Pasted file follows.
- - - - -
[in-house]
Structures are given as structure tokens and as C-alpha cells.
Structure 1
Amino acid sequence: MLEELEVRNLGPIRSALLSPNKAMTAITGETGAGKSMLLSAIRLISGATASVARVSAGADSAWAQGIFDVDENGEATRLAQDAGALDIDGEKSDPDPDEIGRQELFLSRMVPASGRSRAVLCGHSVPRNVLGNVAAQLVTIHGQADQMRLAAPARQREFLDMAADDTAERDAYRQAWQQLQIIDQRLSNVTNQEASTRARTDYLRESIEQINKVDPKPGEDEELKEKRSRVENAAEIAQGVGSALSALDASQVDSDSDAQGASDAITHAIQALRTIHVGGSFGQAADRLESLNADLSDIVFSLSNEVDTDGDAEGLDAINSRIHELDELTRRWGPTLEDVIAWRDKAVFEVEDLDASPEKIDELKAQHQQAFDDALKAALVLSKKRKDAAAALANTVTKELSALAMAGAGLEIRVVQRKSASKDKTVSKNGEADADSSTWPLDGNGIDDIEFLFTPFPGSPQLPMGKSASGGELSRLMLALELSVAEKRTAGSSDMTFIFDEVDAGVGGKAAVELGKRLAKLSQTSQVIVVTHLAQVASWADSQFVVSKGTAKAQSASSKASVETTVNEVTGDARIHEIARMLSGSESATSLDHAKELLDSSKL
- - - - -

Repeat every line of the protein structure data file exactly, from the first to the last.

[in-house]
Structures are given as structure tokens and as C-alpha cells.
Structure 1
Amino acid sequence: MLEELEVRNLGPIRSALLSPNKAMTAITGETGAGKSMLLSAIRLISGATASVARVSAGADSAWAQGIFDVDENGEATRLAQDAGALDIDGEKSDPDPDEIGRQELFLSRMVPASGRSRAVLCGHSVPRNVLGNVAAQLVTIHGQADQMRLAAPARQREFLDMAADDTAERDAYRQAWQQLQIIDQRLSNVTNQEASTRARTDYLRESIEQINKVDPKPGEDEELKEKRSRVENAAEIAQGVGSALSALDASQVDSDSDAQGASDAITHAIQALRTIHVGGSFGQAADRLESLNADLSDIVFSLSNEVDTDGDAEGLDAINSRIHELDELTRRWGPTLEDVIAWRDKAVFEVEDLDASPEKIDELKAQHQQAFDDALKAALVLSKKRKDAAAALANTVTKELSALAMAGAGLEIRVVQRKSASKDKTVSKNGEADADSSTWPLDGNGIDDIEFLFTPFPGSPQLPMGKSASGGELSRLMLALELSVAEKRTAGSSDMTFIFDEVDAGVGGKAAVELGKRLAKLSQTSQVIVVTHLAQVASWADSQFVVSKGTAKAQSASSKASVETTVNEVTGDARIHEIARMLSGSESATSLDHAKELLDSSKL